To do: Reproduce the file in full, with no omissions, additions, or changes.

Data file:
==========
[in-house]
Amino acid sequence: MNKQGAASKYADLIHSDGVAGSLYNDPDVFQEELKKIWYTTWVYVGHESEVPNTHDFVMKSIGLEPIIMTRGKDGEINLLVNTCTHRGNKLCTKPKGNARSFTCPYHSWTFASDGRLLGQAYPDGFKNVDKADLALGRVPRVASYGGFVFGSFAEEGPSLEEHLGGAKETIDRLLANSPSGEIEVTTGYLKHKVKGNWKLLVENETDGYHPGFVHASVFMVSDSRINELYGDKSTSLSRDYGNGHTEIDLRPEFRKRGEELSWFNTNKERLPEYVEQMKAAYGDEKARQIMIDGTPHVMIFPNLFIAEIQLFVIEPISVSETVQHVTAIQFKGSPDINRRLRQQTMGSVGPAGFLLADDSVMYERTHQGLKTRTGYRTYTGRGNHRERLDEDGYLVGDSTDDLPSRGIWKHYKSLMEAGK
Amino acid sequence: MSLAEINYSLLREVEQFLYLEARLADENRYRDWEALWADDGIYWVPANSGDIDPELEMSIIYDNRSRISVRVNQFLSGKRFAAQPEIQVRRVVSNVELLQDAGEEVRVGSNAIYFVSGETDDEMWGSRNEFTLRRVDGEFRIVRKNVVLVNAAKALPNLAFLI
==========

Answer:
[in-house]
Amino acid sequence: MNKQGAASKYADLIHSDGVAGSLYNDPDVFQEELKKIWYTTWVYVGHESEVPNTHDFVMKSIGLEPIIMTRGKDGEINLLVNTCTHRGNKLCTKPKGNARSFTCPYHSWTFASDGRLLGQAYPDGFKNVDKADLALGRVPRVASYGGFVFGSFAEEGPSLEEHLGGAKETIDRLLANSPSGEIEVTTGYLKHKVKGNWKLLVENETDGYHPGFVHASVFMVSDSRINELYGDKSTSLSRDYGNGHTEIDLRPEFRKRGEELSWFNTNKERLPEYVEQMKAAYGDEKARQIMIDGTPHVMIFPNLFIAEIQLFVIEPISVSETVQHVTAIQFKGSPDINRRLRQQTMGSVGPAGFLLADDSVMYERTHQGLKTRTGYRTYTGRGNHRERLDEDGYLVGDSTDDLPSRGIWKHYKSLMEAGK
Amino acid sequence: MSLAEINYSLLREVEQFLYLEARLADENRYRDWEALWADDGIYWVPANSGDIDPELEMSIIYDNRSRISVRVNQFLSGKRFAAQPEIQVRRVVSNVELLQDAGEEVRVGSNAIYFVSGETDDEMWGSRNEFTLRRVDGEFRIVRKNVVLVNAAKALPNLAFLI